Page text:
On January 30, 2017, attorney Wendy Mays filed a Notice to Court re: Untimely PCR, in which she urged the court to reconsider its denial of Petitioner's PCR Notice as untimely because, “from her perspective the untimely filing of the Notice of Appeal [sic] is due to her error, not [Petitioner]'s.” (Doc. 8, Exh. P.) Furthermore, she indicated that “at the time the mandate was filed, she was on vacation and out of the country, . . . [and] did not discover the mandate until after she returned and upon its discovery, mailed it to [Petitioner] informing him to request an extension of time due to [] Counsel's oversight.” (Id.) On February 22, 2017, Petitioner filed another motion to recuse the trial judge. (Id., Exh. Q.) On March 8, 2017, the trial court denied the request, and “inform[ed] [Petitioner] that he appears to be confused about two separate rulings.” (Id., Exh. R.)

         One ruling granted him a leave for an extension of time to appeal to the Supreme Court and the other ruling regarding the untimely notice of post-conviction relief.

On August 24, 2016, the defendant sought an extension of time to appeal to “Arizona Supreme Court” pursuant to Rule 32.1(f), notwithstanding the fact that the mandate had already issued on July 6, 2016 based upon the fact that no petition for review had been filed. Subsequently, this Court ruled on September 12, 2016 that the defendant could be granted an extension for appeal to the Arizona Supreme Court until September 30, 2016. The defendant thereafter filed no notice of appeal.
The second ruling of this Court filed on October 21, 2016, addressed the defendant's October 4, 2016 rule 32 proceeding. At that point, the mandate had already issued and no notice of appeal had been filed. Pursuant to Moreno v. Gonzalez, 192 Ariz. 131 (1998) rule 32.1(f) cannot be used to expand the time for a rule 32 proceeding after appeal. Rule 32.1(f) only apples to Rule 32 proceedings of right. Therefore, the previous grant of an extension applied to the effort to get the mandate recalled and appeal to the Arizona Supreme Court. The extension was not a license to file a delayed notice of post-conviction relief. Based upon Moreno, the Court had no ability to grant such an extension.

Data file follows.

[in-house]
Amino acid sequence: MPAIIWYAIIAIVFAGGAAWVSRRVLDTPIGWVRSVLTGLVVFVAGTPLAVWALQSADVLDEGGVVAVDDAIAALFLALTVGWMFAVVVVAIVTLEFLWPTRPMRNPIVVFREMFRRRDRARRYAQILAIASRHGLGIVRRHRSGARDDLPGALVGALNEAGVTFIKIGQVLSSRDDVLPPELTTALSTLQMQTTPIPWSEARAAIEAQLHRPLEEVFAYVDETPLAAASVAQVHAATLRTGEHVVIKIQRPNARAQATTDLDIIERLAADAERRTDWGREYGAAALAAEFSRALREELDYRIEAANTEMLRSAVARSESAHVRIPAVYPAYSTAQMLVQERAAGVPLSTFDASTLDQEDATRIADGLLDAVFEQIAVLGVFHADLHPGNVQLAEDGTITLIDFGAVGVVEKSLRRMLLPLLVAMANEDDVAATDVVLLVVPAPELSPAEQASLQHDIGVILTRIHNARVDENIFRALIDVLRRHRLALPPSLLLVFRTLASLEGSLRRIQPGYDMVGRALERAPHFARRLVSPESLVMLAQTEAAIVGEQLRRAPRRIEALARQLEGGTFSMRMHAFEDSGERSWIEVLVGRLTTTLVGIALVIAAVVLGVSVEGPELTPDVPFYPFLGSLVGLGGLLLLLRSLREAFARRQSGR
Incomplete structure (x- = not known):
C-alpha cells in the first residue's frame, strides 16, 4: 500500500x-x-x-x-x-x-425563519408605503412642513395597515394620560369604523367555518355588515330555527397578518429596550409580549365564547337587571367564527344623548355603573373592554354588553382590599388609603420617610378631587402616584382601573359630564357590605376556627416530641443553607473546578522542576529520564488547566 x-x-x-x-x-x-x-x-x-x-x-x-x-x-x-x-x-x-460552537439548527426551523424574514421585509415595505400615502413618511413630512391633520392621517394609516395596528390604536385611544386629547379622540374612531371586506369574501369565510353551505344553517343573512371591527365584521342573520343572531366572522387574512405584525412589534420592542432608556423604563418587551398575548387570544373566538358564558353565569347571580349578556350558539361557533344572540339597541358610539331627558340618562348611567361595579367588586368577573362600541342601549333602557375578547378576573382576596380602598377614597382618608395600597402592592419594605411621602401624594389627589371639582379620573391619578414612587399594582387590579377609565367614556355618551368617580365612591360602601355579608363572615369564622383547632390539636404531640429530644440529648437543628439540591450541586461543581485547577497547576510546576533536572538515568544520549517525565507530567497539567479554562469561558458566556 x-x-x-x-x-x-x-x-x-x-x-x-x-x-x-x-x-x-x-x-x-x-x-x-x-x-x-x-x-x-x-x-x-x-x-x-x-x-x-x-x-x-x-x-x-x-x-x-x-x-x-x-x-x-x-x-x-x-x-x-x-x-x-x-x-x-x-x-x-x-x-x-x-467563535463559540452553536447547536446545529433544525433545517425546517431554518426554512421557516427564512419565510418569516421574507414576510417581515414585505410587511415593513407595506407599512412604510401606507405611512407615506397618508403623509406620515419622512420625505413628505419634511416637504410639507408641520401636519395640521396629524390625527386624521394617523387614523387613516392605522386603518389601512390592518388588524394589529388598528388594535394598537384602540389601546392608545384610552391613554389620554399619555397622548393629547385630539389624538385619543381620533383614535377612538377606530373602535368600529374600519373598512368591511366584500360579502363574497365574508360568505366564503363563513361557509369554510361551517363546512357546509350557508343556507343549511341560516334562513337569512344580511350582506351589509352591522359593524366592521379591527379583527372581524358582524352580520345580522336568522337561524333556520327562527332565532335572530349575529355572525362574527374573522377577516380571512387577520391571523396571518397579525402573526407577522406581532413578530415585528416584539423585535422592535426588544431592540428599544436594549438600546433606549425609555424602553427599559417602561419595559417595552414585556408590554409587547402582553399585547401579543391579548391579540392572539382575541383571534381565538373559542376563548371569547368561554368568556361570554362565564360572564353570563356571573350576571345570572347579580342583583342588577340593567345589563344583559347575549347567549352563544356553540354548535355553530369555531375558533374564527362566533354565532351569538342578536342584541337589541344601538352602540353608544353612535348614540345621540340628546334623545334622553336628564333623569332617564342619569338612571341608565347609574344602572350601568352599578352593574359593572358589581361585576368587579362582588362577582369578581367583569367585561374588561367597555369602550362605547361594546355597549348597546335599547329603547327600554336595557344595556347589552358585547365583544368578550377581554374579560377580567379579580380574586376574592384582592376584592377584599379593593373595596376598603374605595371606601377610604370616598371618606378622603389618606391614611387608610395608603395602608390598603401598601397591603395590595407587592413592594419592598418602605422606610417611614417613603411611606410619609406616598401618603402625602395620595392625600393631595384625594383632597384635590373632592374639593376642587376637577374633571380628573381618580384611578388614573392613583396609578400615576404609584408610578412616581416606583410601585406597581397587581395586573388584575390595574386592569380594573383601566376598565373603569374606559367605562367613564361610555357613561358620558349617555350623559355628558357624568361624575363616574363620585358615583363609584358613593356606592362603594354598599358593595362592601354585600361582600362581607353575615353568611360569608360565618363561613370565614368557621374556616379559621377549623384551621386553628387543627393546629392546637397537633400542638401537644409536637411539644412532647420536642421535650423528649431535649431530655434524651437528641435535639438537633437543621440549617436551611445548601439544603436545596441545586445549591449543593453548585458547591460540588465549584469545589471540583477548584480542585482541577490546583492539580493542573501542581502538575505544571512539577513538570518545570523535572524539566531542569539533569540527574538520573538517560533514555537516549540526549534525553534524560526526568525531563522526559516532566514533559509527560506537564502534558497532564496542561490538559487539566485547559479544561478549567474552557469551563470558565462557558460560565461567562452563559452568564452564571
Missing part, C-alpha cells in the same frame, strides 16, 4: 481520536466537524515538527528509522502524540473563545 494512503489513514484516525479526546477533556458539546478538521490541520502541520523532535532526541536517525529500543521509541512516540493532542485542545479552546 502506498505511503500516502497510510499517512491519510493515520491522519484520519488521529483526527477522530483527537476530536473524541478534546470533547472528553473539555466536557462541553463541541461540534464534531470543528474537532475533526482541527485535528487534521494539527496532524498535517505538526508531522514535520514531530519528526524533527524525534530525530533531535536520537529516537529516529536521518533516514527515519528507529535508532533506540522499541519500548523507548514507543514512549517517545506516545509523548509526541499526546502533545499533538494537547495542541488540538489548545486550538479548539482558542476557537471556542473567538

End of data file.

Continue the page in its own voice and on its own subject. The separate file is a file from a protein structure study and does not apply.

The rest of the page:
The court finds that apart from the time limits issue, the defendant simply checked the box for ineffective assistance of counsel as a basis for his rule 32 petition. To the extent he is complaining of ineffective assistance of trial counsel, there are no supporting facts.

(Id.)

         On March 29, 2017, attorney Wendy Mays filed a second Motion to Reconsider re: Untimely PCR, again asserting that Petitioner should not be punished for her oversights. (Doc. 8, Exh. S.) The court denied the motion. (Id., Exh. T.) On April 11, 2017, Petitioner filed a response to the court's denial of his recusal motion, as well as a motion for change of judge for cause pursuant to rule 10.1. (Id., Exhs. U, V.) On April 28, 2017, the trial court referred Petitioner's motion for change of judge for cause to another judge on the court. (Id., Exh. Z.) On June 20, 2017, another judge on the court issued a ruling denying the motion.

Defendant offers no proof, and does not cite to anything in the record or FTR recordings, suggesting that he was deprived of a fair hearing before an impartial judge. The rulings he identifies, either individually and in aggregate, do not exhibit deep-seeded favoritism or otherwise overcome the presumption against bias.

(Id.)

         Petitioner sought review in the Arizona Court of Appeals, which the Court dismissed summarily on July 5, 2017. (Doc. 8, Exh. EE.) The Court noted that “the trial court dismissed the petition for post-conviction relief on March 30, 2017, and the petition for ...